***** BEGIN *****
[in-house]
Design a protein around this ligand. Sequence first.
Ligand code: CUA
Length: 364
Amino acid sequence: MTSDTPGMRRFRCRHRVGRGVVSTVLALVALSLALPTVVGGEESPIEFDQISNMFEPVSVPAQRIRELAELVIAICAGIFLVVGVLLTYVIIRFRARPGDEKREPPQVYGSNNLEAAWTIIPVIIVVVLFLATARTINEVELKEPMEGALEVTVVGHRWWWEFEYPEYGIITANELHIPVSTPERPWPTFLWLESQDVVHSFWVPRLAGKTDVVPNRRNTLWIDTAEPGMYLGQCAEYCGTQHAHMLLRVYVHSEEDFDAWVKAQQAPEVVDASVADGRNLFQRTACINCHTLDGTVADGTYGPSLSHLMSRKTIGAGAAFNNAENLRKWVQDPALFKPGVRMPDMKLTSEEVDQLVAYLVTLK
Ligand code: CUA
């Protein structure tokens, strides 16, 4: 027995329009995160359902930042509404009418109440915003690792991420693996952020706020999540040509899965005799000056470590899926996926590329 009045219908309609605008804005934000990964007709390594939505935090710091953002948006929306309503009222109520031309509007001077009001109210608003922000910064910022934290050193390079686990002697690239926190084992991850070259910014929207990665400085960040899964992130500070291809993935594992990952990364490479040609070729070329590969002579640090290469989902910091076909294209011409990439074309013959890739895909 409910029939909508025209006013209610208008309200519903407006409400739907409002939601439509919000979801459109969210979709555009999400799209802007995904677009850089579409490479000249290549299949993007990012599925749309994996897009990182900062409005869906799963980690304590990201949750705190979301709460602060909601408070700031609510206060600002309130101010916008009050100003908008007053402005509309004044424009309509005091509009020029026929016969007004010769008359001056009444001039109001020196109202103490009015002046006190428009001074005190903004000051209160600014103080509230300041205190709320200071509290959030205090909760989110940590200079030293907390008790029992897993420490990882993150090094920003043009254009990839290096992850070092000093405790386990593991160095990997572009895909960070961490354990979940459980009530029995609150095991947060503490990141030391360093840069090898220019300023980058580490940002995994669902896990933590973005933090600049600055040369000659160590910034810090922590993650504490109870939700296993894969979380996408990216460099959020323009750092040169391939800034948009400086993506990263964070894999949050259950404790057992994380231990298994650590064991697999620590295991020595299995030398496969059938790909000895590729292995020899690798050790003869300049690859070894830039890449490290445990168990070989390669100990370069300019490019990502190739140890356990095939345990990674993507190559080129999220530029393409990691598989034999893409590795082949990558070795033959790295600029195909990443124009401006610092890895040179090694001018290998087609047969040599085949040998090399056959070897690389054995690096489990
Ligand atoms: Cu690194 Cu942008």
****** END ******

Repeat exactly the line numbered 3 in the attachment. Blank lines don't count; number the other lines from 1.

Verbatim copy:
Ligand code: CUA